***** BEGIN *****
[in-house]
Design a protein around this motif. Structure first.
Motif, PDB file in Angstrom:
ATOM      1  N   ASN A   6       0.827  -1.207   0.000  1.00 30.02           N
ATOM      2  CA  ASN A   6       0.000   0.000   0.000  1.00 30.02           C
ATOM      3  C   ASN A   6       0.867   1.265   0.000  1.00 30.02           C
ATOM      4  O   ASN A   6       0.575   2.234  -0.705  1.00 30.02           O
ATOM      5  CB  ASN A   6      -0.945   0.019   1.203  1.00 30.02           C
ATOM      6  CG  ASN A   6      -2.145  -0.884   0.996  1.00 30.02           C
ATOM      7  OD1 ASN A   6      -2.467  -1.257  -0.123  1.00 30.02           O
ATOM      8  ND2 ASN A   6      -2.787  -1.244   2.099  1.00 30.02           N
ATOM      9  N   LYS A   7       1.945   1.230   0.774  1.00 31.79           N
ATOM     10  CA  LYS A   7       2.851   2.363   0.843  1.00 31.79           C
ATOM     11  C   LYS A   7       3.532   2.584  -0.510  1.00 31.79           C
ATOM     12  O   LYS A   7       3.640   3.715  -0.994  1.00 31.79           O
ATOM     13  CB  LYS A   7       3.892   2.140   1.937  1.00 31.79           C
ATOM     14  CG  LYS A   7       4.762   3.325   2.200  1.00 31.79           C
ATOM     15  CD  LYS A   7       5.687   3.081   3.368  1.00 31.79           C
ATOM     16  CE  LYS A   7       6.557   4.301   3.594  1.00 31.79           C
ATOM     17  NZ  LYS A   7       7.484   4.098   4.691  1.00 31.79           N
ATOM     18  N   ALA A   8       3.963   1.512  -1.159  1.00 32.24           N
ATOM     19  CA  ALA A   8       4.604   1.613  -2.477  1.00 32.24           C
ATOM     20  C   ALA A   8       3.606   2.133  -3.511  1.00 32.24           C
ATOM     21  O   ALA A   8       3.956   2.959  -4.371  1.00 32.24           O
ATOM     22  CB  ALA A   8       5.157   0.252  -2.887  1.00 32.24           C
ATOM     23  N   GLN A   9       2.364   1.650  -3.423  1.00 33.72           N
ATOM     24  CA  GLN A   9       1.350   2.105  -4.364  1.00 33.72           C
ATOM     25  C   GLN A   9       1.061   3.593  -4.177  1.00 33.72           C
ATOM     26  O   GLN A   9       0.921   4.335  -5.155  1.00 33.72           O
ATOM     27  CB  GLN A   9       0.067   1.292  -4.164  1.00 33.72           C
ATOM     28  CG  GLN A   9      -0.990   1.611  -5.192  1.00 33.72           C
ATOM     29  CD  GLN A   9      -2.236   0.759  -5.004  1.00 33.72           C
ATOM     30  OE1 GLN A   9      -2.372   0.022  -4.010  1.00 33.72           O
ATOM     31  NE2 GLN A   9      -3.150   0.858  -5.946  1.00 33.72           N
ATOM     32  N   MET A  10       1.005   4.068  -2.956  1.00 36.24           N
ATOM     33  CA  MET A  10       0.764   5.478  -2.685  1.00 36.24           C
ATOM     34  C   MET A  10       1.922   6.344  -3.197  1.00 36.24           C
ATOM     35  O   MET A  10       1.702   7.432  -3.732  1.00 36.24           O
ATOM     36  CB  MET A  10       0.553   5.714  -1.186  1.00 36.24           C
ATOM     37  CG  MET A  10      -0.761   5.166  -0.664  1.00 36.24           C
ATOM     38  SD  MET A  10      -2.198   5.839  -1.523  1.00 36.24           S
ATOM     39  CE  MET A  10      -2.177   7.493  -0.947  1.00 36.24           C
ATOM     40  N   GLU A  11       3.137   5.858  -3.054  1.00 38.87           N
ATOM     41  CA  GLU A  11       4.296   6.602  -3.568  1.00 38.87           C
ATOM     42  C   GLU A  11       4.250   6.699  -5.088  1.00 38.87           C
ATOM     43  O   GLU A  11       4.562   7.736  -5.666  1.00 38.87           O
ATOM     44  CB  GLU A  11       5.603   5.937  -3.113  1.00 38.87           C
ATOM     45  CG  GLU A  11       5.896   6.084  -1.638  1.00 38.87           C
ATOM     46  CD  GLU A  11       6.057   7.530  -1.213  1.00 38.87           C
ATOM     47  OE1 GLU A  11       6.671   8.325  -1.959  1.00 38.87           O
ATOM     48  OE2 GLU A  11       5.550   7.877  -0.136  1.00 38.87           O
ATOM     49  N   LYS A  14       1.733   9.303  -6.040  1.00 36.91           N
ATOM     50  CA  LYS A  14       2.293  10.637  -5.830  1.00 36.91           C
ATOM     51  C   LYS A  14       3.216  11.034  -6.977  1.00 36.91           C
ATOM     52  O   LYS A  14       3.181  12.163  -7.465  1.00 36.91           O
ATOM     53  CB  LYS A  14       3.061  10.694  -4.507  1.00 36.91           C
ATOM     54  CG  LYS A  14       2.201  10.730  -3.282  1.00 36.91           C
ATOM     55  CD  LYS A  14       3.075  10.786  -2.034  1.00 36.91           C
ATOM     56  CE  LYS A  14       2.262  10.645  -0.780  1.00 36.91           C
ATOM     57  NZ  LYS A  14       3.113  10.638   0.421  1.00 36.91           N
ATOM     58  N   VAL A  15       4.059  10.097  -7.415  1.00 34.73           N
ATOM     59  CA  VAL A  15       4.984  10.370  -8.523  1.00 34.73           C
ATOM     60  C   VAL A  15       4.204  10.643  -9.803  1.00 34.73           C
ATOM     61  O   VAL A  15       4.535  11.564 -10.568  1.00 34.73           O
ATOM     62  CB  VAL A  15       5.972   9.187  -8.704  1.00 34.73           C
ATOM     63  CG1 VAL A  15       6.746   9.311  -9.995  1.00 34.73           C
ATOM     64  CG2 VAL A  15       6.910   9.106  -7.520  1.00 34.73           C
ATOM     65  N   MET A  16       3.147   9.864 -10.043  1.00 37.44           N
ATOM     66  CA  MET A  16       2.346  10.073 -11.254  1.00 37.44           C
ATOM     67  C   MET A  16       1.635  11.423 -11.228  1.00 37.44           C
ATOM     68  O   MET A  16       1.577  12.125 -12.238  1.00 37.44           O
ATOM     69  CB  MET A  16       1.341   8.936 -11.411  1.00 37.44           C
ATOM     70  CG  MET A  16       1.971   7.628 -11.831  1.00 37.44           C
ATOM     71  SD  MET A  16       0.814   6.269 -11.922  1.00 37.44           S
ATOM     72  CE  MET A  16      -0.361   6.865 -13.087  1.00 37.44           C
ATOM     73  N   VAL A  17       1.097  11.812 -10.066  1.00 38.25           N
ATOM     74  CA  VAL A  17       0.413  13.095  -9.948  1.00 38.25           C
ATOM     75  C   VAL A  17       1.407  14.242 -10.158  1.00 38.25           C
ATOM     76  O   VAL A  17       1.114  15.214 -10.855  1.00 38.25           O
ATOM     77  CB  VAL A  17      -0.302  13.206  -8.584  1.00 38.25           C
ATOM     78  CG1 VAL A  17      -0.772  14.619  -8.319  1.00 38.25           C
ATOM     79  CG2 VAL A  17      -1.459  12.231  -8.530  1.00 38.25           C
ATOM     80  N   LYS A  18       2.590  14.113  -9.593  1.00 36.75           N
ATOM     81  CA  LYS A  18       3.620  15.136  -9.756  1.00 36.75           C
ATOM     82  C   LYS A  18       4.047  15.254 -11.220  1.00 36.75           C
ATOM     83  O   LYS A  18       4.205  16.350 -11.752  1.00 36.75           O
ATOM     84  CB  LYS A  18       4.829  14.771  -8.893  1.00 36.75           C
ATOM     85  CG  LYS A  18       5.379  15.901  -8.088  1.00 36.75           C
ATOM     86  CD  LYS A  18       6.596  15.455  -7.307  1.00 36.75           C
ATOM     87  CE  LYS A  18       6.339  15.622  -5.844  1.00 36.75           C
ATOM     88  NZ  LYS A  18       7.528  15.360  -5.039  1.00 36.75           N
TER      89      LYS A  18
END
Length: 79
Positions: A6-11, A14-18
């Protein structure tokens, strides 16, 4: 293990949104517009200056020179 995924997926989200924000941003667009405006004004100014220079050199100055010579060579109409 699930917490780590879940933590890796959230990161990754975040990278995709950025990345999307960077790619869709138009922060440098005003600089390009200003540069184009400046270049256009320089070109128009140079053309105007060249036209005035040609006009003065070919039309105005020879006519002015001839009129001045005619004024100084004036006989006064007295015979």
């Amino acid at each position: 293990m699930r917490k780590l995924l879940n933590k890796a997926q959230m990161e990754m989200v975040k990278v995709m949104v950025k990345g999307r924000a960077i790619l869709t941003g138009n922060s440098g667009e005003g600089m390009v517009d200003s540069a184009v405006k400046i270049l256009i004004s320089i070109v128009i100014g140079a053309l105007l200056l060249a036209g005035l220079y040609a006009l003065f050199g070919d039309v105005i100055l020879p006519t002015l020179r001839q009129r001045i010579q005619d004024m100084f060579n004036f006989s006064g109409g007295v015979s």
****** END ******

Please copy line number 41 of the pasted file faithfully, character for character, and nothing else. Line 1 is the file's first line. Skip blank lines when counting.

ATOM     38  SD  MET A  10      -2.198   5.839  -1.523  1.00 36.24           S